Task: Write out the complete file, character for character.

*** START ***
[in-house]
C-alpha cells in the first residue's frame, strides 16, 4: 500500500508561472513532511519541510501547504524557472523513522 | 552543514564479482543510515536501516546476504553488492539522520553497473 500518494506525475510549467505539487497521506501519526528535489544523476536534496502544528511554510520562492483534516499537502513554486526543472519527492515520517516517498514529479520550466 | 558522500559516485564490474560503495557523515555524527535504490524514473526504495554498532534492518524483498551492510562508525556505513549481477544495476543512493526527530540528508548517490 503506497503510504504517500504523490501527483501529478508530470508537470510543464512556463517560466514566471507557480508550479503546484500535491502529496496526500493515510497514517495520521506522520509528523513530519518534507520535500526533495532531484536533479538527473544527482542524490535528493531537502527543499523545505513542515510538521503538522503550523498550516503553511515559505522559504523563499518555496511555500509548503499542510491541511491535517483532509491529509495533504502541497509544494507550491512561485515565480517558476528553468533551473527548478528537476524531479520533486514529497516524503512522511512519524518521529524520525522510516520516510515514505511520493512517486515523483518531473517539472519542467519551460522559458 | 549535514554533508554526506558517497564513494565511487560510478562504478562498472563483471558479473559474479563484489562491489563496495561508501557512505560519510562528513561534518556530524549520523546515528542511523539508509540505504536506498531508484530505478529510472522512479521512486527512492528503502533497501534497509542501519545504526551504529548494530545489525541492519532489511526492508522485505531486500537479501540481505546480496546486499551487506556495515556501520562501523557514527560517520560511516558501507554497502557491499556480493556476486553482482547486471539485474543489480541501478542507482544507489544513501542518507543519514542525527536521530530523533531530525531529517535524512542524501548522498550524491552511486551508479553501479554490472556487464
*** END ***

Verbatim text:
[in-house]
C-alpha cells in the first residue's frame, strides 16, 4: 500500500508561472513532511519541510501547504524557472523513522 | 552543514564479482543510515536501516546476504553488492539522520553497473 500518494506525475510549467505539487497521506501519526528535489544523476536534496502544528511554510520562492483534516499537502513554486526543472519527492515520517516517498514529479520550466 | 558522500559516485564490474560503495557523515555524527535504490524514473526504495554498532534492518524483498551492510562508525556505513549481477544495476543512493526527530540528508548517490 503506497503510504504517500504523490501527483501529478508530470508537470510543464512556463517560466514566471507557480508550479503546484500535491502529496496526500493515510497514517495520521506522520509528523513530519518534507520535500526533495532531484536533479538527473544527482542524490535528493531537502527543499523545505513542515510538521503538522503550523498550516503553511515559505522559504523563499518555496511555500509548503499542510491541511491535517483532509491529509495533504502541497509544494507550491512561485515565480517558476528553468533551473527548478528537476524531479520533486514529497516524503512522511512519524518521529524520525522510516520516510515514505511520493512517486515523483518531473517539472519542467519551460522559458 | 549535514554533508554526506558517497564513494565511487560510478562504478562498472563483471558479473559474479563484489562491489563496495561508501557512505560519510562528513561534518556530524549520523546515528542511523539508509540505504536506498531508484530505478529510472522512479521512486527512492528503502533497501534497509542501519545504526551504529548494530545489525541492519532489511526492508522485505531486500537479501540481505546480496546486499551487506556495515556501520562501523557514527560517520560511516558501507554497502557491499556480493556476486553482482547486471539485474543489480541501478542507482544507489544513501542518507543519514542525527536521530530523533531530525531529517535524512542524501548522498550524491552511486551508479553501479554490472556487464